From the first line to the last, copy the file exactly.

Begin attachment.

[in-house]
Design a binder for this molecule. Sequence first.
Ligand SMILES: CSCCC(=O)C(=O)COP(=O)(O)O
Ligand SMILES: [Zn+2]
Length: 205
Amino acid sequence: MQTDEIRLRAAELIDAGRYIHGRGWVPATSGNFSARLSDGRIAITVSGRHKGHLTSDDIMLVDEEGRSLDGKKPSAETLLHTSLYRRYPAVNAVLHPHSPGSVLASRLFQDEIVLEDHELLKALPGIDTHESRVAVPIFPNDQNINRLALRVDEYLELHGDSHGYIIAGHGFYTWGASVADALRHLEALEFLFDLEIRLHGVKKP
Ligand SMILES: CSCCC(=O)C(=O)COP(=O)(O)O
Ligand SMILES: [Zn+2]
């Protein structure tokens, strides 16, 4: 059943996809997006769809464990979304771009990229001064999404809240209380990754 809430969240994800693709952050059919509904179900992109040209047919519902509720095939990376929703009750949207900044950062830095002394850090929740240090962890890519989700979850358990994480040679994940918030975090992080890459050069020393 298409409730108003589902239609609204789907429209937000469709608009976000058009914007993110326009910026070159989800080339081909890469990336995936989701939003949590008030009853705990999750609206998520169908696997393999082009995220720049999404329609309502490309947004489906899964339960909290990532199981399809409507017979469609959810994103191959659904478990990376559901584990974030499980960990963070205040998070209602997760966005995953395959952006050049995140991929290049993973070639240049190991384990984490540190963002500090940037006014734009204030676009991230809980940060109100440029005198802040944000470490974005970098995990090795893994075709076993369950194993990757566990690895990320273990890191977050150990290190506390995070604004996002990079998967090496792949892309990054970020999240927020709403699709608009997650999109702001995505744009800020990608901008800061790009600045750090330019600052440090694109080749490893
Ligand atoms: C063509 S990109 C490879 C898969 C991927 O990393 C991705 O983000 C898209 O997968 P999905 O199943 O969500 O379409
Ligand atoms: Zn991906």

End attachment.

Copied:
[in-house]
Design a binder for this molecule. Sequence first.
Ligand SMILES: CSCCC(=O)C(=O)COP(=O)(O)O
Ligand SMILES: [Zn+2]
Length: 205
Amino acid sequence: MQTDEIRLRAAELIDAGRYIHGRGWVPATSGNFSARLSDGRIAITVSGRHKGHLTSDDIMLVDEEGRSLDGKKPSAETLLHTSLYRRYPAVNAVLHPHSPGSVLASRLFQDEIVLEDHELLKALPGIDTHESRVAVPIFPNDQNINRLALRVDEYLELHGDSHGYIIAGHGFYTWGASVADALRHLEALEFLFDLEIRLHGVKKP
Ligand SMILES: CSCCC(=O)C(=O)COP(=O)(O)O
Ligand SMILES: [Zn+2]
């Protein structure tokens, strides 16, 4: 059943996809997006769809464990979304771009990229001064999404809240209380990754 809430969240994800693709952050059919509904179900992109040209047919519902509720095939990376929703009750949207900044950062830095002394850090929740240090962890890519989700979850358990994480040679994940918030975090992080890459050069020393 298409409730108003589902239609609204789907429209937000469709608009976000058009914007993110326009910026070159989800080339081909890469990336995936989701939003949590008030009853705990999750609206998520169908696997393999082009995220720049999404329609309502490309947004489906899964339960909290990532199981399809409507017979469609959810994103191959659904478990990376559901584990974030499980960990963070205040998070209602997760966005995953395959952006050049995140991929290049993973070639240049190991384990984490540190963002500090940037006014734009204030676009991230809980940060109100440029005198802040944000470490974005970098995990090795893994075709076993369950194993990757566990690895990320273990890191977050150990290190506390995070604004996002990079998967090496792949892309990054970020999240927020709403699709608009997650999109702001995505744009800020990608901008800061790009600045750090330019600052440090694109080749490893
Ligand atoms: C063509 S990109 C490879 C898969 C991927 O990393 C991705 O983000 C898209 O997968 P999905 O199943 O969500 O379409
Ligand atoms: Zn991906």